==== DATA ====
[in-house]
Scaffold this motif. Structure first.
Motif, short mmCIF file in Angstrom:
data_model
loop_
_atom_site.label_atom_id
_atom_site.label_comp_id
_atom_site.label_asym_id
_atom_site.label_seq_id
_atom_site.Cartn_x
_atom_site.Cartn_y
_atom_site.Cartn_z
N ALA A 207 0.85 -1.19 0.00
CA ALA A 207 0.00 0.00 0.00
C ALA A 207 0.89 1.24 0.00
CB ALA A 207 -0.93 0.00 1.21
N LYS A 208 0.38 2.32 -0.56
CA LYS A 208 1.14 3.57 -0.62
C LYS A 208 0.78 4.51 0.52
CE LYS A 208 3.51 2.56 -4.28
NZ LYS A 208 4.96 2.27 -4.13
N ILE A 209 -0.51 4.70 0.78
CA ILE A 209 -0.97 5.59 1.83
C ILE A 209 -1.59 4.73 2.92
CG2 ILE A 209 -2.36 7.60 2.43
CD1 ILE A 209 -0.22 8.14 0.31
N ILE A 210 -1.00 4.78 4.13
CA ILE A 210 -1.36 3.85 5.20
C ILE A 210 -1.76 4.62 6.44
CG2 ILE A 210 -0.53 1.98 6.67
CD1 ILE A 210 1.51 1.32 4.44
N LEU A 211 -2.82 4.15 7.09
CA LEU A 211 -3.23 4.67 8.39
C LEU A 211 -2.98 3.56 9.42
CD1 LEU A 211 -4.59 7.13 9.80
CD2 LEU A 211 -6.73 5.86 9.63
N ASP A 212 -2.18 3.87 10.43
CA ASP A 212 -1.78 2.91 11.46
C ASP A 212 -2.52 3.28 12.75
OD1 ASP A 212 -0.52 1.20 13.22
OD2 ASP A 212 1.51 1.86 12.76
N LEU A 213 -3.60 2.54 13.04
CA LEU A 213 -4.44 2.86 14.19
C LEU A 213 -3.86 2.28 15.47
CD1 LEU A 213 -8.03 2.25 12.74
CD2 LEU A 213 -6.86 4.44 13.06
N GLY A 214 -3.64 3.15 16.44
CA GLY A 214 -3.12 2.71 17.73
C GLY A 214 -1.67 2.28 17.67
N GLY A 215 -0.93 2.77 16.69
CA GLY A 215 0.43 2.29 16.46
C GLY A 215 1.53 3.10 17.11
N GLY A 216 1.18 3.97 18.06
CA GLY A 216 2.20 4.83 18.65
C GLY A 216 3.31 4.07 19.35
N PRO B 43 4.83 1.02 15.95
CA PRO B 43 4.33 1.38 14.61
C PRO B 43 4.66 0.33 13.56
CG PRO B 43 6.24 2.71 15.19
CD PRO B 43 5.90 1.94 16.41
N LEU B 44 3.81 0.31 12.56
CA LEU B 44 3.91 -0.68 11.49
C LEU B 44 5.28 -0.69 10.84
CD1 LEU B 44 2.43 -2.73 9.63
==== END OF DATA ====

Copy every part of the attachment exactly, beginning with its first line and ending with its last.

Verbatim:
[in-house]
Scaffold this motif. Structure first.
Motif, short mmCIF file in Angstrom:
data_model
loop_
_atom_site.label_atom_id
_atom_site.label_comp_id
_atom_site.label_asym_id
_atom_site.label_seq_id
_atom_site.Cartn_x
_atom_site.Cartn_y
_atom_site.Cartn_z
N ALA A 207 0.85 -1.19 0.00
CA ALA A 207 0.00 0.00 0.00
C ALA A 207 0.89 1.24 0.00
CB ALA A 207 -0.93 0.00 1.21
N LYS A 208 0.38 2.32 -0.56
CA LYS A 208 1.14 3.57 -0.62
C LYS A 208 0.78 4.51 0.52
CE LYS A 208 3.51 2.56 -4.28
NZ LYS A 208 4.96 2.27 -4.13
N ILE A 209 -0.51 4.70 0.78
CA ILE A 209 -0.97 5.59 1.83
C ILE A 209 -1.59 4.73 2.92
CG2 ILE A 209 -2.36 7.60 2.43
CD1 ILE A 209 -0.22 8.14 0.31
N ILE A 210 -1.00 4.78 4.13
CA ILE A 210 -1.36 3.85 5.20
C ILE A 210 -1.76 4.62 6.44
CG2 ILE A 210 -0.53 1.98 6.67
CD1 ILE A 210 1.51 1.32 4.44
N LEU A 211 -2.82 4.15 7.09
CA LEU A 211 -3.23 4.67 8.39
C LEU A 211 -2.98 3.56 9.42
CD1 LEU A 211 -4.59 7.13 9.80
CD2 LEU A 211 -6.73 5.86 9.63
N ASP A 212 -2.18 3.87 10.43
CA ASP A 212 -1.78 2.91 11.46
C ASP A 212 -2.52 3.28 12.75
OD1 ASP A 212 -0.52 1.20 13.22
OD2 ASP A 212 1.51 1.86 12.76
N LEU A 213 -3.60 2.54 13.04
CA LEU A 213 -4.44 2.86 14.19
C LEU A 213 -3.86 2.28 15.47
CD1 LEU A 213 -8.03 2.25 12.74
CD2 LEU A 213 -6.86 4.44 13.06
N GLY A 214 -3.64 3.15 16.44
CA GLY A 214 -3.12 2.71 17.73
C GLY A 214 -1.67 2.28 17.67
N GLY A 215 -0.93 2.77 16.69
CA GLY A 215 0.43 2.29 16.46
C GLY A 215 1.53 3.10 17.11
N GLY A 216 1.18 3.97 18.06
CA GLY A 216 2.20 4.83 18.65
C GLY A 216 3.31 4.07 19.35
N PRO B 43 4.83 1.02 15.95
CA PRO B 43 4.33 1.38 14.61
C PRO B 43 4.66 0.33 13.56
CG PRO B 43 6.24 2.71 15.19
CD PRO B 43 5.90 1.94 16.41
N LEU B 44 3.81 0.31 12.56
CA LEU B 44 3.91 -0.68 11.49
C LEU B 44 5.28 -0.69 10.84
CD1 LEU B 44 2.43 -2.73 9.63